Ms Dorries added that she was ‘close to reaching an agreement’ with the BBC over the cost of the licence fee over the next five years. 

The agreement is expected to force the corporation to make more cuts.

‘You can’t wipe away our history, either the good or the bad.’

It comes after the Bank of England removed eight paintings and two busts of past governors and directors who were linked to the slave trade this summer.  

As culture secretary, Ms Dorries’ to-do list includes setting the price of a TV licence for the next five years, a decision on privatising Channel 4 and bringing in a new law to protect young people online. 

She has also just announced the Culture Recovery Fund, a £107m grant to help up to 1,000 arts and heritage organisations recover from the Covid pandemic.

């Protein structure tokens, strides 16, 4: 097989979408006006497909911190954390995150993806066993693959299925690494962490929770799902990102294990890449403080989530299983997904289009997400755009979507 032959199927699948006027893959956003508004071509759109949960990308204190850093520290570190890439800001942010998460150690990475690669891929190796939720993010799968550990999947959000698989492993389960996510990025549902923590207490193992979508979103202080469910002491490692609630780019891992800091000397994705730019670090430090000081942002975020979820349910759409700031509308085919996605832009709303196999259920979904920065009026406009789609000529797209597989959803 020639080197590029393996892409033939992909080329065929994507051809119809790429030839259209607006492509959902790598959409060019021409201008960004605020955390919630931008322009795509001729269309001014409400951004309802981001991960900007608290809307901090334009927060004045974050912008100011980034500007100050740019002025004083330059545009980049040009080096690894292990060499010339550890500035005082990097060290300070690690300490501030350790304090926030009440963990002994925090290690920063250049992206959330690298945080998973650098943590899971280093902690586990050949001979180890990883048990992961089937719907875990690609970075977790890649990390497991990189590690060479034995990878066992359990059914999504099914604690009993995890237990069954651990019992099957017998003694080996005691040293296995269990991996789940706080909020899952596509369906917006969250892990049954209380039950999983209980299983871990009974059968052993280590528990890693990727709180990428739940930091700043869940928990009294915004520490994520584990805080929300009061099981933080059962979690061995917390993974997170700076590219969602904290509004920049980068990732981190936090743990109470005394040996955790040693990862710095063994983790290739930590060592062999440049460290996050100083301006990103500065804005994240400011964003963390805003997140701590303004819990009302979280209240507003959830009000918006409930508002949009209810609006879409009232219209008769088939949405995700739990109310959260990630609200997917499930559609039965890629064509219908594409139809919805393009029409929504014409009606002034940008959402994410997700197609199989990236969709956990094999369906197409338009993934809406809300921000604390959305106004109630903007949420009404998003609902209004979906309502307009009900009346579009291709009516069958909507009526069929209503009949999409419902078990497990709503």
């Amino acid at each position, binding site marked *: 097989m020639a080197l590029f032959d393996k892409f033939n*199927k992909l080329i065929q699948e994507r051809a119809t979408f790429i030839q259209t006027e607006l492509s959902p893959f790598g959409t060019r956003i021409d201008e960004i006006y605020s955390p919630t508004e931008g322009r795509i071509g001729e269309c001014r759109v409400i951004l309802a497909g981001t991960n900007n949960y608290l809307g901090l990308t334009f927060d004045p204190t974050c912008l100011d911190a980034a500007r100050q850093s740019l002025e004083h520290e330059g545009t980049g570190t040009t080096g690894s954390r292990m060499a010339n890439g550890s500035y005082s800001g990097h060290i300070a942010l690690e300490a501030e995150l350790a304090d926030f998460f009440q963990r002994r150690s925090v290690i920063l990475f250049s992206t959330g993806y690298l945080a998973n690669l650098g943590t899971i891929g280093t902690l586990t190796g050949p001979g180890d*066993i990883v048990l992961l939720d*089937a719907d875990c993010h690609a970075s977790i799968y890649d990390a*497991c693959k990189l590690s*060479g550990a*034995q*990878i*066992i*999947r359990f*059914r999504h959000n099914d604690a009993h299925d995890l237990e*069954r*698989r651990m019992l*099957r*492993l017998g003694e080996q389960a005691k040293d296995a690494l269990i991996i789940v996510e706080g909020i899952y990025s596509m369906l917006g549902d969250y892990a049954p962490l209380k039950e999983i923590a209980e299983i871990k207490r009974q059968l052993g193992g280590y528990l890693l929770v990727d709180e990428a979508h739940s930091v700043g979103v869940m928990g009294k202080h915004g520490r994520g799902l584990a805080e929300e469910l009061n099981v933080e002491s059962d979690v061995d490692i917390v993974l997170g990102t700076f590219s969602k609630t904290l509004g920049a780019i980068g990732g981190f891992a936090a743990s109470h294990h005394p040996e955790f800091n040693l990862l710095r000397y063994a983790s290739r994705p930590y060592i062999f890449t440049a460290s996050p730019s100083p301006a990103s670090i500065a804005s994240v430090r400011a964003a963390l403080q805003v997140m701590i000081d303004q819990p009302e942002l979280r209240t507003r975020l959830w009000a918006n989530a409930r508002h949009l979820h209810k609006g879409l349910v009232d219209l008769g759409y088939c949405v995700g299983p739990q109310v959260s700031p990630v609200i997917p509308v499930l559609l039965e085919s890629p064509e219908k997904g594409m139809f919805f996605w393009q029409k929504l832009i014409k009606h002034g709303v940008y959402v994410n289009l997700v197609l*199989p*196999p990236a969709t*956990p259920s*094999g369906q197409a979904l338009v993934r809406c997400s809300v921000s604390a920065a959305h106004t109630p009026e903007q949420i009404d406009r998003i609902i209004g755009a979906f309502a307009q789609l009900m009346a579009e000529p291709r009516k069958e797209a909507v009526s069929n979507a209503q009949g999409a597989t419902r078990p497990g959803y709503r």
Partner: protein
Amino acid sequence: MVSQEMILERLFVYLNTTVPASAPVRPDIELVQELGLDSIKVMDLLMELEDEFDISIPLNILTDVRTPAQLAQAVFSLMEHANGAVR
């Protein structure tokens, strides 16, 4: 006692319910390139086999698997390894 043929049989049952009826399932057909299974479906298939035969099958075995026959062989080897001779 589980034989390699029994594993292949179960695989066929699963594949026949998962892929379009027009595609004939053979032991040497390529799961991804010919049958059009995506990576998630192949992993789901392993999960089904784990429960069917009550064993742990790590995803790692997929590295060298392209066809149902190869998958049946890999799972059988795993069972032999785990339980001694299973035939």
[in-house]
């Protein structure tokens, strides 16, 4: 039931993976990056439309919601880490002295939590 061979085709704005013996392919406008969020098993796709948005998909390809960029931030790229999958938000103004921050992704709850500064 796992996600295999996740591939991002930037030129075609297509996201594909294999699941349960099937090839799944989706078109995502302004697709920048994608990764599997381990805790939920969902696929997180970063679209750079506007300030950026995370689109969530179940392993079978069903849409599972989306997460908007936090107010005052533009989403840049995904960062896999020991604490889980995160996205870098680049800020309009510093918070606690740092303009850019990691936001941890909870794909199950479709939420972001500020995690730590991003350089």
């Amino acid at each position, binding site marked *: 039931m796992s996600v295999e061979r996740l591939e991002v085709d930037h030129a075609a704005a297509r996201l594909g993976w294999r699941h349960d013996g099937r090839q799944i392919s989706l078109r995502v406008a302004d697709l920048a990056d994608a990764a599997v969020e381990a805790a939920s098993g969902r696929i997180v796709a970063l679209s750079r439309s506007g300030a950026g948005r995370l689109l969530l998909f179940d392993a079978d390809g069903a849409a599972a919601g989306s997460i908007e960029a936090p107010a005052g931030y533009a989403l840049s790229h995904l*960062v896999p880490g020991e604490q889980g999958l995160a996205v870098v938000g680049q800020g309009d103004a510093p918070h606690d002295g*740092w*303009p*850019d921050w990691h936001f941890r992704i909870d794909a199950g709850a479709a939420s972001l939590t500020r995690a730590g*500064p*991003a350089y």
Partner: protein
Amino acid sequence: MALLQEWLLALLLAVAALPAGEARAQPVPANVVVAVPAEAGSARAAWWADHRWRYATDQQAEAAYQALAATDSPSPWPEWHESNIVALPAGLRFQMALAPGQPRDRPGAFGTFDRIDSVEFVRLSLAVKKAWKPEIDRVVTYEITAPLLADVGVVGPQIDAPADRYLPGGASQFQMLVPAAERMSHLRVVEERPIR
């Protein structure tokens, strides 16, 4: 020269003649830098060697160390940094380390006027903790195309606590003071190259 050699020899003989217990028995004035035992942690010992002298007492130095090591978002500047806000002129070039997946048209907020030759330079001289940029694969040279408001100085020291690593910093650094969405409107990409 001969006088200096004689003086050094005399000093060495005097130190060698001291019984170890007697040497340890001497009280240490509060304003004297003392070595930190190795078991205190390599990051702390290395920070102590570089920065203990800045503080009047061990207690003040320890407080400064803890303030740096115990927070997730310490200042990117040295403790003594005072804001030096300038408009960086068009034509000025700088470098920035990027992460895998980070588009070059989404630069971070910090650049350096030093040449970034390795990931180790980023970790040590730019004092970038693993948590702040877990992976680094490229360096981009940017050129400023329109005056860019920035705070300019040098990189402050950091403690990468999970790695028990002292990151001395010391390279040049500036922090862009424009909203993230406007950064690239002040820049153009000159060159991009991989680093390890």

But in her interview this week, Ms Dorries, who is also a successful author, said she described some of the negative reaction to her new role as ‘quite misogynistic’.

Comedian Dom Joly had said it was ‘like the result of some drunk bet’ while comic Mark Thomas said she had ‘written more books’ than she had read.

‘People were making these comments for political attack and nothing else,’ Ms Dorries told the BBC.

‘I just found them thoroughly unpleasant.’

Ms Dorries grew up in one of the poorest parts of Liverpool, and said her priority is to help young people from backgrounds like hers to get involved in arts, culture and sport.

‘Those people in those backgrounds are of every colour and every sexuality, but are we looking after everybody when we talk about diversity?’ she said.